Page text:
Microsoft – SQL Server – Column DataTypes \ Definitions {the weary kind}

Microsoft – SQL Server – Column DataTypes \ Definitions  {the weary kind}

The local BlockBuster Video Rental Store is Closing down.

Just like a kid remembers the local burger place or McDonald’s, I think adults remember the local music stores, the local BlockBuster \ Hollywood Store.

And, I think some of us remember the local  “Barnes & Noble”, Walden Books.  Just to be a able to go in to a book store and see all the books, you will never get to read, but would love to.

Many years ago it was the Client Server {OS\2} books by Robert Orfali and Dan Harkey; San Jose State U lecturers.  Programming Windows Books by Charles Petzold – http://www.charlespetzold.com/books.html.

A few years ago it was the stack of Java Books – Enterprise Java (EJB).  Today it might be Enterprise Service Bus (ESB) or HTML 5.

But, back to our Weary Kind fable.

A good cover of “Weary Song”  is available @
http://www.youtube.com/watch?v=ECaTozt_8uo&feature=relmfu

In Database World, There are some data types or column definitions that are a bit harder to optimize.

In MS SQL Server, they include:

  1. DataTypes – text
  2. Un-persisted  Computed Columns

There are multiple reasons why one needs to review and have peer review of Database tables structural definitions:

The reasons include:

1) Some datatypes are not indexable

2) Some datatypes preclude “Online” Database Operations.  In SQL Enterprise, one can perform online operations such as Index Rebuild, etc.  But, one is unable to do see when a table includes text columns

3) Un-persisted Computed Columns also have to be re-computed each time they are accessed

4) Un-persisted Columns can not be the main key of a partition table

5) Unicode columns (nchar, nvarchar, ntext) help to support Internalization.  But, they also use occupy double the size of their corresponding pair
To identify those columns, one can use a Query that resembles the one below:

select 

	  tblObject.name
	, tblColumn.name
	, tblColumnType.name
	,
	  case

       	    when (tblColumn.max_length = -1) 

               then 'Column Length is MaxLength'

	    when (
		  (tblColumnType.name in ('text', 'ntext'))
		 )
		then 'DataType (Suspect)'

	     when (
		   (tblColumn.is_computed = 1)
		)
		  then 'Computed Column (Unpersisted)'

	     else null 

          end as [reason]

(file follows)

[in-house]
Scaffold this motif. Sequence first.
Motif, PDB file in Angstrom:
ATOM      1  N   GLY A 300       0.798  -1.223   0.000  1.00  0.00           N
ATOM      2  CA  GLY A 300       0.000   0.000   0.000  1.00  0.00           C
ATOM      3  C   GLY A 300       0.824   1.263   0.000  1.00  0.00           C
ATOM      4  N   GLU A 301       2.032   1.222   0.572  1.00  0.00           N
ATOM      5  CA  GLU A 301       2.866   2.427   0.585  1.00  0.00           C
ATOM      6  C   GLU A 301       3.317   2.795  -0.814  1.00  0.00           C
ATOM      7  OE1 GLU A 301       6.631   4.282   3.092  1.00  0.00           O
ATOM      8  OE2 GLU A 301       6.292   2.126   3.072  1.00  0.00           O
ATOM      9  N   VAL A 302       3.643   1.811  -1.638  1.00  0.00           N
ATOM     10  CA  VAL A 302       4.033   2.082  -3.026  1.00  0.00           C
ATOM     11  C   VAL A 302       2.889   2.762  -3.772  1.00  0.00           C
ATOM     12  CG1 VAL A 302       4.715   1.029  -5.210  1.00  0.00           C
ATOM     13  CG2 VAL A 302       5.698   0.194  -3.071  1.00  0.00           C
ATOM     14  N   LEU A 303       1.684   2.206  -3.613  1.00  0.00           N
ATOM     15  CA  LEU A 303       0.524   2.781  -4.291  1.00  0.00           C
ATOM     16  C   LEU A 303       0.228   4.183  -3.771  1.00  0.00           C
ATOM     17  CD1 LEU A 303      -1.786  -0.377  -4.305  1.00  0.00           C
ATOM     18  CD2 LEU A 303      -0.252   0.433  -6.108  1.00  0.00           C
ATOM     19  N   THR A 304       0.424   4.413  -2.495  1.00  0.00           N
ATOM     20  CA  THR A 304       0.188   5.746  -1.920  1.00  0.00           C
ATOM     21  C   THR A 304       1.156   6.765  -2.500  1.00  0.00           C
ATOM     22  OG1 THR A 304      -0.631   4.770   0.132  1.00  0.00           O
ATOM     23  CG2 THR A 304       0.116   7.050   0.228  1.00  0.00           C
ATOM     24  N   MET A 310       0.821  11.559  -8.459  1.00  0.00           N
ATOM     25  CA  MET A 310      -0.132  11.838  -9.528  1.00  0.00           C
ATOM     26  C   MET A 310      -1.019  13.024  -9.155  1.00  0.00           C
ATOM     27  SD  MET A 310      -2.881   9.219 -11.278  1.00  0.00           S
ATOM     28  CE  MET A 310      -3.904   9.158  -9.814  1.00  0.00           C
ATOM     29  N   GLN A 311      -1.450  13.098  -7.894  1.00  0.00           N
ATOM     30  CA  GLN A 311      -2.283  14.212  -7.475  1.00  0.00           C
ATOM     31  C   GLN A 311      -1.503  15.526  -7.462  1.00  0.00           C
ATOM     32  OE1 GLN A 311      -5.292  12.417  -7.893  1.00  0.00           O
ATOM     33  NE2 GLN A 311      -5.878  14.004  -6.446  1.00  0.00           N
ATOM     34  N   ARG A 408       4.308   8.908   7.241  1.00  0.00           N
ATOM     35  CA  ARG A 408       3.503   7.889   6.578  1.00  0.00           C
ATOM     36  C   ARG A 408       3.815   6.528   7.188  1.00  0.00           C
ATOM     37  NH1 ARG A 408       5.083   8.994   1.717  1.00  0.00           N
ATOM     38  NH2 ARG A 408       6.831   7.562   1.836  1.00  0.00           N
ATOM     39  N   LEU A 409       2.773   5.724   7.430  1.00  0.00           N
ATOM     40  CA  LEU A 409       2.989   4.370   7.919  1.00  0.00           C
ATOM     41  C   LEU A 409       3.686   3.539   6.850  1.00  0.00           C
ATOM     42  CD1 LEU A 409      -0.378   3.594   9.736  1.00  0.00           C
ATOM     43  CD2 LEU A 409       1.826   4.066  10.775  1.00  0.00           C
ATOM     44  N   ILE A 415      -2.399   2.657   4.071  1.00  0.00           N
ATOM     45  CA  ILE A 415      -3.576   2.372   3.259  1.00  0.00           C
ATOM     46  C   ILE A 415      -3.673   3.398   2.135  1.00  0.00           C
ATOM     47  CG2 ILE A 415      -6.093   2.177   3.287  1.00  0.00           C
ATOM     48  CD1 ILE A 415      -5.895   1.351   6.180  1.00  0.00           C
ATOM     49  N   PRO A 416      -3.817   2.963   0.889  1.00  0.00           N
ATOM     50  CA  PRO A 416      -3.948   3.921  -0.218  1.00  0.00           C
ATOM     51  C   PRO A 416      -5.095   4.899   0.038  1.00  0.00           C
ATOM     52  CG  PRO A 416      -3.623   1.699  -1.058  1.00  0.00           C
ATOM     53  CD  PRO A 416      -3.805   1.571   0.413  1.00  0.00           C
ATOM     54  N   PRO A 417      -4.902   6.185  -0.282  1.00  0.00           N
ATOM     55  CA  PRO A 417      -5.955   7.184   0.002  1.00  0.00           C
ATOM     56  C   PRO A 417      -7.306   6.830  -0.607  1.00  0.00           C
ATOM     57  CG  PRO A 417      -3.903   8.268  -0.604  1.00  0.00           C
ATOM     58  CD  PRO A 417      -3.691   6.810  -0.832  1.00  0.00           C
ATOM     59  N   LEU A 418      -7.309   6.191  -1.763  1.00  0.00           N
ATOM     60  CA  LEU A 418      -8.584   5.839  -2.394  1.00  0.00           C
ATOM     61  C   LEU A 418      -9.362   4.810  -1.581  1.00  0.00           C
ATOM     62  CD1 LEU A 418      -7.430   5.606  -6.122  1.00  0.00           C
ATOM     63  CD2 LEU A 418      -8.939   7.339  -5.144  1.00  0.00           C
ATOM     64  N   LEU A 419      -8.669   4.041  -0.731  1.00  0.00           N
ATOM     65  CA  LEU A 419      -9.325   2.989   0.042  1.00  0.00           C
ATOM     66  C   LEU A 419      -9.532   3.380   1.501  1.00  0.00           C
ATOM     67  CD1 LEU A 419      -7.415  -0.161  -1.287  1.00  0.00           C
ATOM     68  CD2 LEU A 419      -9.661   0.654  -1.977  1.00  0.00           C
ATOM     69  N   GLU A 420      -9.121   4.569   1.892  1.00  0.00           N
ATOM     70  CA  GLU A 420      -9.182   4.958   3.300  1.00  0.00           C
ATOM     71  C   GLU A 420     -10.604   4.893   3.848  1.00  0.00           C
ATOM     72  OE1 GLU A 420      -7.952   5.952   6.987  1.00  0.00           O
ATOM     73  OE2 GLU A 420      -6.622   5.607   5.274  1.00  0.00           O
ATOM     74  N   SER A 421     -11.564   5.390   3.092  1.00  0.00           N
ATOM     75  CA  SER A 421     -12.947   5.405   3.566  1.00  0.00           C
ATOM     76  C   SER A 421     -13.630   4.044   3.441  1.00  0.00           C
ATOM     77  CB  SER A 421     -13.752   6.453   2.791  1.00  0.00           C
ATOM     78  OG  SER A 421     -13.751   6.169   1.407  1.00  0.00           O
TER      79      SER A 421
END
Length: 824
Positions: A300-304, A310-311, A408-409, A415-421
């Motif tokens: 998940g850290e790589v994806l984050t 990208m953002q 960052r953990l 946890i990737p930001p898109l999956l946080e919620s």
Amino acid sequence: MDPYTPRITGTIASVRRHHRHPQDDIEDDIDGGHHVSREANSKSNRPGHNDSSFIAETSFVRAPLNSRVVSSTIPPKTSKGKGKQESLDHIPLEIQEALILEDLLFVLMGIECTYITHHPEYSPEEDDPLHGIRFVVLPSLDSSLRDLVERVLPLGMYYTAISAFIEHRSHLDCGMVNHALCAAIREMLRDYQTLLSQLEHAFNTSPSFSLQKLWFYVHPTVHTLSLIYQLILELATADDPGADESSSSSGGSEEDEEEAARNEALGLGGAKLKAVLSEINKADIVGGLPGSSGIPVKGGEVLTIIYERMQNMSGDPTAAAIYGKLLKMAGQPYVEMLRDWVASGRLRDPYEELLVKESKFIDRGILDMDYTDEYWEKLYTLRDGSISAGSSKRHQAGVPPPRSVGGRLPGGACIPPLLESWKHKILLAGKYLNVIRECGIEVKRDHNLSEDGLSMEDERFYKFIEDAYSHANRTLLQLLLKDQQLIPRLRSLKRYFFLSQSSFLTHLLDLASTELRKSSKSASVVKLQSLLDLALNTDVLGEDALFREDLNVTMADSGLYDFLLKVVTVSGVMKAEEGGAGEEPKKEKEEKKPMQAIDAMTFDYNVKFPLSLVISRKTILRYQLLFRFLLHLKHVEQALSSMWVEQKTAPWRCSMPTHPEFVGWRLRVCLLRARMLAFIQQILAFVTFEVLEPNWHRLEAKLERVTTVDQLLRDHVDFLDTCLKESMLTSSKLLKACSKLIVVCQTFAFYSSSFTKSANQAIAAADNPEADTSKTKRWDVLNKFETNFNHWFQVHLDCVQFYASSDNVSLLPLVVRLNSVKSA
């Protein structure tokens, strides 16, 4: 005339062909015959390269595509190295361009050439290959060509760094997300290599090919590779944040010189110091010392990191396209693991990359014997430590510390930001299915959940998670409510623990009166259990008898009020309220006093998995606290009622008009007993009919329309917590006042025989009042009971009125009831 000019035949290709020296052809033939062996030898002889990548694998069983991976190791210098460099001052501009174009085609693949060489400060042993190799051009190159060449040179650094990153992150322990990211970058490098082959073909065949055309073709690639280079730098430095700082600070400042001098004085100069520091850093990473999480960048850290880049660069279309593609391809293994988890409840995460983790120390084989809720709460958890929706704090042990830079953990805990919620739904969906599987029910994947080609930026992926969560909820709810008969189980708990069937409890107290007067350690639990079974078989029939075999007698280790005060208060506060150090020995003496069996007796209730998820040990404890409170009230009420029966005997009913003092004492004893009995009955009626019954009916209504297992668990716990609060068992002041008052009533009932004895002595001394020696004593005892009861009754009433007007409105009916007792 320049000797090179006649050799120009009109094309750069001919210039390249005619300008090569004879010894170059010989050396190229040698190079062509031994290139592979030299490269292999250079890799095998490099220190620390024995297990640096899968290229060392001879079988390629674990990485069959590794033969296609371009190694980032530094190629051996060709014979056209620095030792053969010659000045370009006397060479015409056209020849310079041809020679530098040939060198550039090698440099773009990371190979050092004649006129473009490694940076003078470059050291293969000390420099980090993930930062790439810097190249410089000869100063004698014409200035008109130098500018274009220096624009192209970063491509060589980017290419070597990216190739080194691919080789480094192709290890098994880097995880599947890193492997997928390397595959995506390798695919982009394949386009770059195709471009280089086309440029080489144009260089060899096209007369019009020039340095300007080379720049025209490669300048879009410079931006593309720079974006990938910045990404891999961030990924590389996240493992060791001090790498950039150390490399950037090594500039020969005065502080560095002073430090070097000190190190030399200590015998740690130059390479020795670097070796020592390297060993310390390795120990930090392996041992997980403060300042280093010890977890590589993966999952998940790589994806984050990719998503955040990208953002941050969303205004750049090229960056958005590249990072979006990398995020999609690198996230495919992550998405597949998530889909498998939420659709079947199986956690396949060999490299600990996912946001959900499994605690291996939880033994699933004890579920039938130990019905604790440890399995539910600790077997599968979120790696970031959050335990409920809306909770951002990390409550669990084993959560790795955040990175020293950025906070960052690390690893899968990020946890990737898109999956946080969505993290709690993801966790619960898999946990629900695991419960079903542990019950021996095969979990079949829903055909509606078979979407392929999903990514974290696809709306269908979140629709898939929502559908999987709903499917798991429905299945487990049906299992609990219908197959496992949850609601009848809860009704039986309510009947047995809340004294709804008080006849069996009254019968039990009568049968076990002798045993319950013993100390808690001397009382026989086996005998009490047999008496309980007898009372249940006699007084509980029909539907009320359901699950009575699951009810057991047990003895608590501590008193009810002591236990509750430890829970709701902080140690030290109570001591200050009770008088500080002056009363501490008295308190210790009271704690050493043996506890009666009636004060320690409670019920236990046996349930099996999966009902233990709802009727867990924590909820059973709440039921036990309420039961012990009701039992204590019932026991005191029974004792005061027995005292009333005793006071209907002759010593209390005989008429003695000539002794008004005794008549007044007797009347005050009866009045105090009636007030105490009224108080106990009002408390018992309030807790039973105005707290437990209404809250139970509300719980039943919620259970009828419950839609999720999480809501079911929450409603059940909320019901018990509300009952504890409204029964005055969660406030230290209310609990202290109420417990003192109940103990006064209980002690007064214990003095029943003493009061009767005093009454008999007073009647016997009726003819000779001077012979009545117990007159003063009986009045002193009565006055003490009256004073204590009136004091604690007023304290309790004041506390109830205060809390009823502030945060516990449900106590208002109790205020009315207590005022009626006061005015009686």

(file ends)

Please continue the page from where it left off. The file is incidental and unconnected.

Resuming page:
from   sys.objects tblObject

           inner join sys.columns tblColumn

	     on tblObject.object_id = tblColumn.object_id

	   left outer join sys.computed_columns tblColumnComputed

	    on tblColumn.object_id = tblColumnComputed.object_id
	    and  tblColumn.column_id = tblColumnComputed.column_id	

	   left outer join sys.types tblColumnType

	    on tblColumn.system_type_id
                     = tblColumnType.system_type_id

	where  tblObject.type in ('U')

	and    (

		   -- max data types
		   (tblColumn.max_length = -1) -- Max Data Type

		or

	    	  (

                    --text data types
 		    (
			(tblColumnType.name in ('text', 'ntext')		    )

		)   

		 --un-persisted computed columns
		or (
			 (tblColumn.is_computed = 1)				     and (tblColumnComputed.is_persisted = 0)
		   )	

	)
	order by
              tblObject.name
            , tblColumn.name

References:

1) Are there any disavantages to using Nvarchar(max)
http://stackoverflow.com/questions/148398/are-there-any-disadvantages-to-always-using-nvarcharmax

2) PERFORMANCE COMPARISON OF VARCHAR(MAX) VS. VARCHAR(N)
http://rusanu.com/2010/03/22/performance-comparison-of-varcharmax-vs-varcharn/

3) VARCHAR(MAX) Performance in SQL Server 2008 R2
http://richardlees.blogspot.com/2010/07/varcharmax-performance-in-sql-server.html

4) ONLINE REINDEX=ON
http://weblogs.sqlteam.com/geoffh/archive/2007/11/01/Online-Reindex–ON.aspx

5) NTEXT vs NVARCHAR(4000) in MS SQL Server v 2005
http://geekswithblogs.net/johnsPerfBlog/archive/2008/04/16/ntext-vs-nvarcharmax-in-sql-2005.aspx

6) Performance Memo/NText Fields
http://blogs.msdn.com/b/emeadaxsupport/archive/2008/11/03/performance-memo-ntext-fields.aspx

7) IN-ROW Data
 http://msdn.microsoft.com/en-us/library/ms189087(v=sql.105).aspx

8)NVarchar(max) columns can not be “Unicode” compressed
http://msdn.microsoft.com/en-us/library/ee240835.aspx

9) Use Unicode Native Format to Export/Import Data
http://msdn.microsoft.com/en-us/library/ms189941(v=sql.110).aspx

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